Scientists find a genetic link to binge-drinking

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London - Scientists could soon be able to predict whether teenage boys are likely to become heavy drinkers by looking at whether they carry a variant of a gene linked to thrill-seeking behaviour.

The researchers said the findings will help them to develop better ways of identifying children who are at risk of misusing alcohol in later life.

A study involving hundreds of teenagers found that a gene plays an important role in predisposing some individuals to frequent drinking. The same gene is known to be involved with “reward anticipation” in the brain.

Scientists believe that the research will lead to a greater understanding of how alcohol affects people in different ways depending on their genetic makeup. “People seek out situations which fulfil their sense of reward and make them happy, so if your brain is wired to find alcohol rewarding, you will seek it out,” said Professor Gunter Schumann of the Institute of Psychiatry at King's College London.

“We now understand the chain of action - how our genes shape this function in our brains and how that, in turn, leads to human behaviour,” said Professor Schumann, a lead author of the study published in the Proceedings of the National Academy of Sciences.

Previous research on laboratory mice has shown that the gene, called RASGRF-2, influences whether animals seek out alcohol, and that this behaviour is tied in with the way the brain anticipates a sense of reward, which is controlled by the release of dopamine, a neurotransmitter released between nerve cells.

The latest study investigated DNA variations of the RASGRF-2 gene in 663 boys aged 14, who underwent brain scans to monitor the part of the brain known to be involved in anticipating a sense of reward.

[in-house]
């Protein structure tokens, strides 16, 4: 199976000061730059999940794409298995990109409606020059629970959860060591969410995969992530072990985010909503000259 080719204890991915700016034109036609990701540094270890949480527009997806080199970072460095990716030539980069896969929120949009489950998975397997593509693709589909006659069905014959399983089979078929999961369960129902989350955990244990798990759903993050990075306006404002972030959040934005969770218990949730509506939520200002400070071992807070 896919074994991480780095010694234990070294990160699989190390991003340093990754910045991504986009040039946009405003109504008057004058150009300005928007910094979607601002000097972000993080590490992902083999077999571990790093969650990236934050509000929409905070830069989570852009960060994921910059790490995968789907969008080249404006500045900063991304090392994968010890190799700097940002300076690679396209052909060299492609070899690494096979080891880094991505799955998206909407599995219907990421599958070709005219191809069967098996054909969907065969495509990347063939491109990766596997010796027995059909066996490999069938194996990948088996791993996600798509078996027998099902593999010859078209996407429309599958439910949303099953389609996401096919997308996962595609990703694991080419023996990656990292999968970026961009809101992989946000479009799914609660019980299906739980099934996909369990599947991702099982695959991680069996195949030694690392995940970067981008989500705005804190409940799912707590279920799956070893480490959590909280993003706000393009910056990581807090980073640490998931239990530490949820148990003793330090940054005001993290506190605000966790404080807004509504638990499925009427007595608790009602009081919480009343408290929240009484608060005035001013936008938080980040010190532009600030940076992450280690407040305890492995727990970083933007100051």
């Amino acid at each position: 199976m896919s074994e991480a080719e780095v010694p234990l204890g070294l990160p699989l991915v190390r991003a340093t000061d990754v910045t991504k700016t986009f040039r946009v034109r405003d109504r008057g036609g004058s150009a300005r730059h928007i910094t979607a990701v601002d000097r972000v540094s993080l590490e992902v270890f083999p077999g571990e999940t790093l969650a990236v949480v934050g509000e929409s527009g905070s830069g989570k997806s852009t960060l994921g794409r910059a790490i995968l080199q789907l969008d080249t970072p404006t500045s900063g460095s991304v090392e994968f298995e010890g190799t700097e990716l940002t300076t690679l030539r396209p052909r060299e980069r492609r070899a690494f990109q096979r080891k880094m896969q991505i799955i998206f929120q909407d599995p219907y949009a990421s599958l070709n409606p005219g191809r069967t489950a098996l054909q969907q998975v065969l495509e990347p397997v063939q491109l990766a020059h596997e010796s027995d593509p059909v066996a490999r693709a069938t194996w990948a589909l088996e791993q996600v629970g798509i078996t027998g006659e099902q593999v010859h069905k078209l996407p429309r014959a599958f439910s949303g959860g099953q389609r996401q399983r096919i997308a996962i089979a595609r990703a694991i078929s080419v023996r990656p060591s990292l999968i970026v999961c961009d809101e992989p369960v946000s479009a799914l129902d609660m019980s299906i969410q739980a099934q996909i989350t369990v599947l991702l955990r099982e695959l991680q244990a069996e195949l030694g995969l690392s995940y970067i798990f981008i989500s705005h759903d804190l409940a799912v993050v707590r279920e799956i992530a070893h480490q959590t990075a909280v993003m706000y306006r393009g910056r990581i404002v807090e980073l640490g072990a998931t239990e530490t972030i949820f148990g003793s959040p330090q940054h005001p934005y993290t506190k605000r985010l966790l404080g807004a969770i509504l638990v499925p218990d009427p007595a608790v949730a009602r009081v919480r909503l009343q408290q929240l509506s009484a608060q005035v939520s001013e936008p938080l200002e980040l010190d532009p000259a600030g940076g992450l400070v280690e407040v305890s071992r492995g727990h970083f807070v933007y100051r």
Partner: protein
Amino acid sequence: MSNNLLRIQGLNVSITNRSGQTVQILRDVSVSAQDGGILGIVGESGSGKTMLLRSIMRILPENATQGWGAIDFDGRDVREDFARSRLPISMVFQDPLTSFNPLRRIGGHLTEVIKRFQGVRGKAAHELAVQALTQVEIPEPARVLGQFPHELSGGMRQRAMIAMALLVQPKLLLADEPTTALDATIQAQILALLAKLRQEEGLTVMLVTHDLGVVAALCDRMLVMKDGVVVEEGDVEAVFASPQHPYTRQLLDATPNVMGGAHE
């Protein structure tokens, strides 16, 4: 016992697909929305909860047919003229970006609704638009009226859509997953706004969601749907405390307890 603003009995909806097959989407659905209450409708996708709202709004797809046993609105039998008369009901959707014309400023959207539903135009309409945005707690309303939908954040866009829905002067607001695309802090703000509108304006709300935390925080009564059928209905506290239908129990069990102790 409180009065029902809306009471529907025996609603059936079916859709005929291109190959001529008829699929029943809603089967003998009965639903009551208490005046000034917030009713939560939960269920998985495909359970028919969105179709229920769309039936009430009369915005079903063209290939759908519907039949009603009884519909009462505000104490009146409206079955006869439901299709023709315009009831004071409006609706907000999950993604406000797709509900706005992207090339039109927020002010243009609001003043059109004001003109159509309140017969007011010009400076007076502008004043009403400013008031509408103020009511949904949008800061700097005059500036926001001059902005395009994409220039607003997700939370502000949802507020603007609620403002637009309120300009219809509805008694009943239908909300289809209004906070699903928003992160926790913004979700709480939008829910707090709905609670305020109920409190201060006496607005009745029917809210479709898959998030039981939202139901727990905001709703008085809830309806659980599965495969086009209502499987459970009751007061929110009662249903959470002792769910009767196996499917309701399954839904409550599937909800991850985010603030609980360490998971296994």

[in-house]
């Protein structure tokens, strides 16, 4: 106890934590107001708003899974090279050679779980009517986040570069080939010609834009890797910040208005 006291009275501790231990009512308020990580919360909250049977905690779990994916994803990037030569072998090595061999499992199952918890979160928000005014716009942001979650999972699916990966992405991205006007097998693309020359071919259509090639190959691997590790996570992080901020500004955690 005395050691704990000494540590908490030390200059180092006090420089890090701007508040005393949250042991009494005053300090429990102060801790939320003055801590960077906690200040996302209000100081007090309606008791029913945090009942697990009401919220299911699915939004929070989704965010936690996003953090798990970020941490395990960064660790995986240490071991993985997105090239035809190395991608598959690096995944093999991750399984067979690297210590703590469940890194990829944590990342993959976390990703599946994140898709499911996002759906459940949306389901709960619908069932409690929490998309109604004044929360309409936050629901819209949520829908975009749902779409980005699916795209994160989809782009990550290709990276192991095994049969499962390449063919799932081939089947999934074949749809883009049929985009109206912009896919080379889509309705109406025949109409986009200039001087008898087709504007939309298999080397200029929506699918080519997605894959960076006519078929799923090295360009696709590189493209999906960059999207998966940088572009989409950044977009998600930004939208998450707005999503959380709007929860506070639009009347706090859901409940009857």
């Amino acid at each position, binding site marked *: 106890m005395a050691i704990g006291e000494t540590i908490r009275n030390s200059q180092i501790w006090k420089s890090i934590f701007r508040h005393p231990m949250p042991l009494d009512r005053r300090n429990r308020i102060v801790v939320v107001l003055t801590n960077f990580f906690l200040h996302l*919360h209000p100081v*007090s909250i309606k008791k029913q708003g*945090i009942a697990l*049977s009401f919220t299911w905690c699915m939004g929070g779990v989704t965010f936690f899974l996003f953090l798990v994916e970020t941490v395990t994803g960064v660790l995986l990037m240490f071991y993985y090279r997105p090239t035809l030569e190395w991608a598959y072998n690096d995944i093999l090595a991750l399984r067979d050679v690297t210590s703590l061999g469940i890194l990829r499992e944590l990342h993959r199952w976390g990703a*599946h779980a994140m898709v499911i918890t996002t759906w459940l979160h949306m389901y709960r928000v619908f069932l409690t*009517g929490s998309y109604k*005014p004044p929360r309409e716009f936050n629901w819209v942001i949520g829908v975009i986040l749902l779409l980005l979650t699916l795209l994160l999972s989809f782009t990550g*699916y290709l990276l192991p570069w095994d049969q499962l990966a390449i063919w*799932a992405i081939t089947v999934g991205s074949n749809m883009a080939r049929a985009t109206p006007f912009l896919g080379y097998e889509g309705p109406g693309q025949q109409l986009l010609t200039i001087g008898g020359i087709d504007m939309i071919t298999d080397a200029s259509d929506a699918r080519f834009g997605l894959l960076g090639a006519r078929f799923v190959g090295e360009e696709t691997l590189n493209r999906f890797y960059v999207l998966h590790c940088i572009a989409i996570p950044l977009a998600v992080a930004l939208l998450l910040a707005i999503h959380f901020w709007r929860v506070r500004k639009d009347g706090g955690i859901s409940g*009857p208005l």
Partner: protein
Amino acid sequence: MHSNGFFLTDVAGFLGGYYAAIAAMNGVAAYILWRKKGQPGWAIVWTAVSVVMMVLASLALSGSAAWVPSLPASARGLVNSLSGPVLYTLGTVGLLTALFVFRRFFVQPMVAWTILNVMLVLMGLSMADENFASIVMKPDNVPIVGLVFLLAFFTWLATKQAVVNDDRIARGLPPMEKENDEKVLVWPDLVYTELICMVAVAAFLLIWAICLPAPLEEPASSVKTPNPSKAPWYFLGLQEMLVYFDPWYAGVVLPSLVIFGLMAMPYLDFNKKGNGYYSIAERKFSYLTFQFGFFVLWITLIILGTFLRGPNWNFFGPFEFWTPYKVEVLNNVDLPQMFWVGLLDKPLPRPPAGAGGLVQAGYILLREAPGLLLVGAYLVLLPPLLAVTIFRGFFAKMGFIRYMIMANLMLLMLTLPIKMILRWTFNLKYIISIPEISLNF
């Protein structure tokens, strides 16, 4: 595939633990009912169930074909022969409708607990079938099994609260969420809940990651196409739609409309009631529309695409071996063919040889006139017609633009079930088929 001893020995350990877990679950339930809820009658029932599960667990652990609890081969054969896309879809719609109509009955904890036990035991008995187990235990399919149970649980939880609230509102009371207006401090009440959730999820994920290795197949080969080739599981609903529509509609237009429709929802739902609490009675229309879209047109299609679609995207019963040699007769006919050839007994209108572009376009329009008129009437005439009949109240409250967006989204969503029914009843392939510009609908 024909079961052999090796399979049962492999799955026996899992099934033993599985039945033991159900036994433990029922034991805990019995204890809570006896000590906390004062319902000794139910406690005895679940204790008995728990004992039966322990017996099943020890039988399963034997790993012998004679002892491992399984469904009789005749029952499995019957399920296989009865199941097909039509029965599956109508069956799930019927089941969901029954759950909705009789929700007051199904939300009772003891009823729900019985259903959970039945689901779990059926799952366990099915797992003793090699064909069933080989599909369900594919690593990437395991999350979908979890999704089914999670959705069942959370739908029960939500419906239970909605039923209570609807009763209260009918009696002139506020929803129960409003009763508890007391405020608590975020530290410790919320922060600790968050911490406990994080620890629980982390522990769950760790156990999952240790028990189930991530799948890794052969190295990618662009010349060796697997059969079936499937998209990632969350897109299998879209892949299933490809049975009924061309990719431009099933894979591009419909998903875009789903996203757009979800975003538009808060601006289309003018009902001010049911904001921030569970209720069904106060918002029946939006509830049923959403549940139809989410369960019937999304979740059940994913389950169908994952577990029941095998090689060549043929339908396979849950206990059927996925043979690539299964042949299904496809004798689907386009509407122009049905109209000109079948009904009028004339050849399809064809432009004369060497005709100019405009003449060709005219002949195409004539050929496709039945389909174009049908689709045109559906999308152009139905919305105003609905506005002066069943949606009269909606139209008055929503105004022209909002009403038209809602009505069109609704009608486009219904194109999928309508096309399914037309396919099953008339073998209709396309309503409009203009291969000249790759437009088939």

“We found that the RASGRF-2 gene plays a crucial role in controlling how alcohol stimulates the brain to release dopamine, and hence trigger the feeling of reward,” Professor Schumann said. “So, if people have a genetic variation of the RASGRF-2 gene, alcohol gives them a stronger sense of reward, making them more likely to be heavy drinkers.”

The research, which is part of a pan-European study known as the Imagen Consortium, followed the 14-year-old boys until they reached 16. Those 16-year-olds with the variation of the RASGRF-2 gene drank more frequently than their contemporaries who did not have the gene variation.

Brain scans carried out on the boys revealed that those carrying the gene variation were more likely to show increased activity in the ventral striatum area of the brain, which is closely associated with the release of dopamine and the sense of anticipating a reward.

Patricia Conrod, of the University of Montreal, said the findings show how a person's genetic makeup can be connected to brain activity and the sort of thrill-seeking behaviour that can lead to drug or alcohol addiction.

THE STUDY: TEEN TENDENCIES

Interviewing underage teenage boys about drinking needed the approval of local hospital ethical committees overseeing the research at the eight centres in the UK, Ireland, France and Germany. The boys were recruited from local high schools and their parents, who had to give approval, were not allowed to see the boys' answers to questionnaires to assess their attitudes to alcohol. - The Independent

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